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According to Schneider and Rentsch (1988), as cited by Schwepker (2001), climate

refers to the ways organizations operationalize routine behaviors and the actions that are
expected, supported and rewarded inside the organization. It is like the weather inside an
organization; what employees perceive how things are done around the workplace. An
organization may have a range of a lot of different climates, one of which is ethical climate.
Ethical climate is defined as a subset of organizational work climate, which is best understood
as a group of prescriptive climates reflecting organizational procedures, policies, and practices
with moral consequences (Cullen & Martin, 2006).
A firms ethical climate is the basis of its values and behaviours expected therefrom
(Wimbush & Shepard, 1994). It was defined by Victor and Cullen (1988) as the prevailing
perceptions of typical organization practices and procedures that have ethical content
(Schweper, 2001). Another definition of ethical climate by Victor and Cullen (1988) as cited by
Huang, You and Tsai (2012), is that ethical climate is a type of organizational climate which
pertains to the climates reflecting organizational procedures, policies and practices.
Twenty five per cent out of 4000 respondents in a national survey believes that their
company tends to ignore ethical conduct just to meet business objectives while almost
seventeen per cent stated that theirs encourages misconduct to meet the same (Goodell, 1994).
Meanwhile, Hegarty and Sims believed that corporate goals and policy heavily influence
managers decisions to behave ethically or not.
Lack or no codes of ethics and principles are grounds for an unethical climate. Thus, it is
important to create an ethical climate within an organization. Ferrell and Skinner (1998) stated
that higher levels of ethical behavior were found in organizations where codes of ethics are
enforced. In addition to this, rewards and punishments also affect the decisions of an
organization indirectly depending on the consequences.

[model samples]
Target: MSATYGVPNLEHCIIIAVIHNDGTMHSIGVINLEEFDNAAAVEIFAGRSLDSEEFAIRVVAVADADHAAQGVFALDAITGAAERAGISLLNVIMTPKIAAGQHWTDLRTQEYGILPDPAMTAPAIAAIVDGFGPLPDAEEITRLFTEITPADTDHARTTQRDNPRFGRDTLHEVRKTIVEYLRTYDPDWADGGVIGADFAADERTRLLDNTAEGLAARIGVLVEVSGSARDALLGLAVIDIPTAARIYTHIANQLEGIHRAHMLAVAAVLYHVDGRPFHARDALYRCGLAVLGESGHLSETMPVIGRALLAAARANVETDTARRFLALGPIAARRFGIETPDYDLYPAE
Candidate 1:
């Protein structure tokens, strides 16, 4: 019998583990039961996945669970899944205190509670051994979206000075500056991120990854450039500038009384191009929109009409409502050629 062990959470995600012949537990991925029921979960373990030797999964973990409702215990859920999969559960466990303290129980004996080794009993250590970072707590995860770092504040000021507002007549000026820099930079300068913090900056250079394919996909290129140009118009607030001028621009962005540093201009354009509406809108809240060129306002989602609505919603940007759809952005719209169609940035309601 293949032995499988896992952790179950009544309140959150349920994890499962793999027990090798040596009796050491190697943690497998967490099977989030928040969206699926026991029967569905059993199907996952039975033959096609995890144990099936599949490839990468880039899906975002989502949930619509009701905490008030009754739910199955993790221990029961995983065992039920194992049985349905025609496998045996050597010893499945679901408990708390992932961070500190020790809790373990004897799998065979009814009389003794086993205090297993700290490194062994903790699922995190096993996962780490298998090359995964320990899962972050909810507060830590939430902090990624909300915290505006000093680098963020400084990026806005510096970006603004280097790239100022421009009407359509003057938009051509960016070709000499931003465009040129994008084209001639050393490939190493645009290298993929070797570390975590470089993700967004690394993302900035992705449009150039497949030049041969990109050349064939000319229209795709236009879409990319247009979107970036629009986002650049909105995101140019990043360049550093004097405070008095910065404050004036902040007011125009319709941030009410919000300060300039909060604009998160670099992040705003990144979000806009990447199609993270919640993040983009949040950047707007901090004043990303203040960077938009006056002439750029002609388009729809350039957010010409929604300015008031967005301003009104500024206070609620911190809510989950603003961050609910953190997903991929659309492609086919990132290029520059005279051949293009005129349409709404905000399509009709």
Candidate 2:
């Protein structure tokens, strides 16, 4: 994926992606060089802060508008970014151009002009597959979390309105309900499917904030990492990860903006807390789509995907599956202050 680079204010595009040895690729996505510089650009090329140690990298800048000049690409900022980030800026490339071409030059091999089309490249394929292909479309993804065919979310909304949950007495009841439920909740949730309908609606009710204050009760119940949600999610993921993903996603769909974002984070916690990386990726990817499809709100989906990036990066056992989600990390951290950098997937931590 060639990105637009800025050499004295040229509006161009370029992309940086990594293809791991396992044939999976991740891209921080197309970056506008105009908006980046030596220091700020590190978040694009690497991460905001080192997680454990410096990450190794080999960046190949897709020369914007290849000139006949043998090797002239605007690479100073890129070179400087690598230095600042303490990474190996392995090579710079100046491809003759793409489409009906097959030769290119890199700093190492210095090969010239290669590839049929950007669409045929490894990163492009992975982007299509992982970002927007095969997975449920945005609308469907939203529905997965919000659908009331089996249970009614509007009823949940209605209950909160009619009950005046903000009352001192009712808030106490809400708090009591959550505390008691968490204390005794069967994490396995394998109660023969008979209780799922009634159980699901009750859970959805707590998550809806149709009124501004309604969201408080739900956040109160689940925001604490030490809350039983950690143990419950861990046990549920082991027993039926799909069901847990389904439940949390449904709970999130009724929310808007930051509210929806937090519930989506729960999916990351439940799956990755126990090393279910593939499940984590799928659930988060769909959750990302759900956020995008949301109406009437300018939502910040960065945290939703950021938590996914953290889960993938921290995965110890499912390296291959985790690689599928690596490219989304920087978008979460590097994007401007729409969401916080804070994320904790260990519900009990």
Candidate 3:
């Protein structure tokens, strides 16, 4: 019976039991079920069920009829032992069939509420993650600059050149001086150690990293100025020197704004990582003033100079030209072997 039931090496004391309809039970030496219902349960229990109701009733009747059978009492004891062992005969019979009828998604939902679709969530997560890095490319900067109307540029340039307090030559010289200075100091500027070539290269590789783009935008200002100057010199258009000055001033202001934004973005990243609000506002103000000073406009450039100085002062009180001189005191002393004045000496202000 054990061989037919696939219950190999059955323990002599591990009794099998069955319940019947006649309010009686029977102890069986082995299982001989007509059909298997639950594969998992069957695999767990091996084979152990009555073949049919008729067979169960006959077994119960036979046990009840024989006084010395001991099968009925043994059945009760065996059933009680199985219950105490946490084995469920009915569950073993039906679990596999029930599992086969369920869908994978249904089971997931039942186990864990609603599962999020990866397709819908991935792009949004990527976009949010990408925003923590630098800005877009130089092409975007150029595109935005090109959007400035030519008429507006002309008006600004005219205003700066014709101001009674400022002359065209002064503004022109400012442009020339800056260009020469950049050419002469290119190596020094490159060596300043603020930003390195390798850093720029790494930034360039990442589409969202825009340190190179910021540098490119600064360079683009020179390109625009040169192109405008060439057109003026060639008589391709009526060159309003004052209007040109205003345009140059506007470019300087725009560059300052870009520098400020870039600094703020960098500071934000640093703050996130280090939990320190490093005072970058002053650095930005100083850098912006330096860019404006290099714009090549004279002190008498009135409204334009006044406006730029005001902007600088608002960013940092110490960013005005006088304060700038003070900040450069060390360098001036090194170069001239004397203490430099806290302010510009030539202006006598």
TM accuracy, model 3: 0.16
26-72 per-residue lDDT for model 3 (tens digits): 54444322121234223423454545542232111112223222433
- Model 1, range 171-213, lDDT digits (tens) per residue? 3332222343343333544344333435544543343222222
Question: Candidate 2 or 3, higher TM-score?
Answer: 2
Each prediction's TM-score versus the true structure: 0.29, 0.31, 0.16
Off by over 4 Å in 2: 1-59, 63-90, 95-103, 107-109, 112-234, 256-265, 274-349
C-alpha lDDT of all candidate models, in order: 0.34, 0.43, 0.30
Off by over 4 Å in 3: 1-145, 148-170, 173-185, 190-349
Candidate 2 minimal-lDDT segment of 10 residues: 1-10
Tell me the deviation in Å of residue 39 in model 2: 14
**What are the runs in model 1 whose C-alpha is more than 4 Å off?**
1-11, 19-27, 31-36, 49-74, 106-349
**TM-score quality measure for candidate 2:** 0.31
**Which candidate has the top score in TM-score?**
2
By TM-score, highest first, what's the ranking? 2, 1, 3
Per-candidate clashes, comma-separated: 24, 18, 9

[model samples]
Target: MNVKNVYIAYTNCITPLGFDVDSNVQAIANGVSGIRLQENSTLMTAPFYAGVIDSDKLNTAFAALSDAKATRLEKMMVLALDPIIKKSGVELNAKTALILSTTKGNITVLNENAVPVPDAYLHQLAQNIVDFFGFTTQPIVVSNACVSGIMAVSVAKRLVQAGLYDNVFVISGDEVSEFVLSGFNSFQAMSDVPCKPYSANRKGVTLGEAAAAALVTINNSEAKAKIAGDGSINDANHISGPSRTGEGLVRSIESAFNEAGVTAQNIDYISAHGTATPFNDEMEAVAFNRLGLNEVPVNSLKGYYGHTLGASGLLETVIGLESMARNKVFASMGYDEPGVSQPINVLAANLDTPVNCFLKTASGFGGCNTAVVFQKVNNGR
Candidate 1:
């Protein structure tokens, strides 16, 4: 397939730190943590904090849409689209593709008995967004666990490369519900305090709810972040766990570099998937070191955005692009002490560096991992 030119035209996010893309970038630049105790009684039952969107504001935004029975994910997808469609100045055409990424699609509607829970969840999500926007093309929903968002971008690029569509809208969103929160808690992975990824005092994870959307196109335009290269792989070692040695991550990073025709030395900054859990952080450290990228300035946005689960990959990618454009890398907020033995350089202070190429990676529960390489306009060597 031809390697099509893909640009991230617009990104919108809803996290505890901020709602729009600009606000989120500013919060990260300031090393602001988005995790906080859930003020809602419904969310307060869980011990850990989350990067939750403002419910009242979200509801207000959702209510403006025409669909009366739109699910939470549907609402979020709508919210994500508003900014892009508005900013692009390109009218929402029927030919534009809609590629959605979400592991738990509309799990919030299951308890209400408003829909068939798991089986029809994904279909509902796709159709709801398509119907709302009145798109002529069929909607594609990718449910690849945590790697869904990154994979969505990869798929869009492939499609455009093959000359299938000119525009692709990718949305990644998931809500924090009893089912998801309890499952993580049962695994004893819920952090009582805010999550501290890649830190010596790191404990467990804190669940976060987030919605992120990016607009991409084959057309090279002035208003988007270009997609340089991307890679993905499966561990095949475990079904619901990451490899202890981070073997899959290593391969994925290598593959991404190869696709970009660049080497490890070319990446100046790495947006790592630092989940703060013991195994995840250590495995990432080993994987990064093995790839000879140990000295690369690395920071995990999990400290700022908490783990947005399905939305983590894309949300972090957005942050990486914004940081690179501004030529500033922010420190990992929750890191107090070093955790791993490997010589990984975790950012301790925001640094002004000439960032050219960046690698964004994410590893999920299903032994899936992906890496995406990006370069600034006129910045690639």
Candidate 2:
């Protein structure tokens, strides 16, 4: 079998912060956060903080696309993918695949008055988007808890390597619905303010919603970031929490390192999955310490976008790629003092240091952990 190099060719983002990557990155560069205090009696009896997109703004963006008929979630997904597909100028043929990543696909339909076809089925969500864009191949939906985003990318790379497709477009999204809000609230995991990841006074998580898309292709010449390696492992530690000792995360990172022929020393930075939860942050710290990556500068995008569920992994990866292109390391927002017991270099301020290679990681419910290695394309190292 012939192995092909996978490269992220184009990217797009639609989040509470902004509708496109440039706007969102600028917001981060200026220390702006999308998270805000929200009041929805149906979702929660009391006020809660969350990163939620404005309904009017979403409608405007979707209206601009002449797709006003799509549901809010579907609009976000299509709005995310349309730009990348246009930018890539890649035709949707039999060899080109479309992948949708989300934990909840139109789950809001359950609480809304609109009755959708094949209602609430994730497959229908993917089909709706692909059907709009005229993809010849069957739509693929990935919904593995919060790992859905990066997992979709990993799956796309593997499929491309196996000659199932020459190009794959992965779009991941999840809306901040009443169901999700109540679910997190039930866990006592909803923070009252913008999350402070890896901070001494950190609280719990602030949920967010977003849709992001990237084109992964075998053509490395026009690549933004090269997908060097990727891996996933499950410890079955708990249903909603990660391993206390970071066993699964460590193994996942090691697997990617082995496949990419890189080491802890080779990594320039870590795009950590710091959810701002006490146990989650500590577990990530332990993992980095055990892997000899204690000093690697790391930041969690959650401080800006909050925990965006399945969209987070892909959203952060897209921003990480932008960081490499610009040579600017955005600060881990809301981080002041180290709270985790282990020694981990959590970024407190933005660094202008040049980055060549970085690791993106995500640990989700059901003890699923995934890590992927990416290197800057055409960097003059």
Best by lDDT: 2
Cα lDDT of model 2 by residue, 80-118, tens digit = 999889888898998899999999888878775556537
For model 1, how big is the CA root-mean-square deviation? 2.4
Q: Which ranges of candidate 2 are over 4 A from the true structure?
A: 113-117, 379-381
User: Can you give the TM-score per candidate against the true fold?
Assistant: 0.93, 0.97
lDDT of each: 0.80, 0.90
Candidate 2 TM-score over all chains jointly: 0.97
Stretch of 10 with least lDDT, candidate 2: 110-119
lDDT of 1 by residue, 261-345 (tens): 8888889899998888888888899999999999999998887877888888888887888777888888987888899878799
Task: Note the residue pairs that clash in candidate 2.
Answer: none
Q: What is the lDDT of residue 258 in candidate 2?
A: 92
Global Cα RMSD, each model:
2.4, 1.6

Further, Victor and Cullen (1988) developed nine moral climate dimensions which were
based on three criteria namely: egoism, benevolence, or principle and the level of analysis that
is individual, local, or cosmopolitan (Huang, You & Tsai, 2012). The three criteria and three
levels of analysis were cross tabulated and formed the moral climate types initially identified.
However, the five climate types found by Victor and Cullen from their primary work are
encountered more recurrently, hence, these five types provide the majority of the data available
for meta-analysis (Cullen & Martin, 2006). The five ethical climate types are called caring,
independence, instrumental, law and code, and rules.
Caring. This climate type falls under the benevolence criterion. Here, atmosphere is based on
concern for others. Individuals have a sincere interest in each others well-being for the people
inside and outside the organization who may be affected by each others ethical decision.
Employees would have a sincere interest for the well-being of their co-employees, as well as
others within and outside of the organization, and who might be affected by their ethical
decisions in an environment which is controlled by a caring dimension of ethical climate. This
just shows that this ethical climate goes with the utilitarian dimension. The policies and practices
of the workgroup would foster concern for those affected by employees' decisions. Not only
would the policies and practices promote this, but most workgroup members would individually
conduct themselves in this manner (Shephard & Wimbush, 1994).
Independence. This climate type falls under the principle criterion. Individuals act according to
their own personal moral beliefs. In this type of ethical climate, it specifies that individuals
believe they should act on deeply held or personal moral convictions in order to make ethical
decisions. In considering their view of the organization, decisions with moral consequences
should accentuate personal moral beliefs with minimal regard for outside forces and external
inuence on ethical predicaments (Cullen & Martin, 2006). The individuals principles, upon

which decisions are made, are assumed to be determined through careful consideration and
understanding (e.g., Schminke et al., 2005; Watley, 2002).
Law and code. This climate type falls under the principle criterion. Law and code requires that
employees adhere to the codes and regulations of their profession. This particular dimension of
ethical climate would require the employees to adhere to the codes and regulations mandated
by their profession or by the government. Nowadays, people tend to make it obligatory for
individuals to look beyond the rules and practices of their organizations to also those of
professional associations for reminders concerning proper behavior (Shephard & Wimbush,
1994). Individuals who are members of a professional association would be apprehensive about
following professional codes of conduct in order not to jeopardize their membership in the said
professional association or lose the respect of their comrades. They would see to it that they are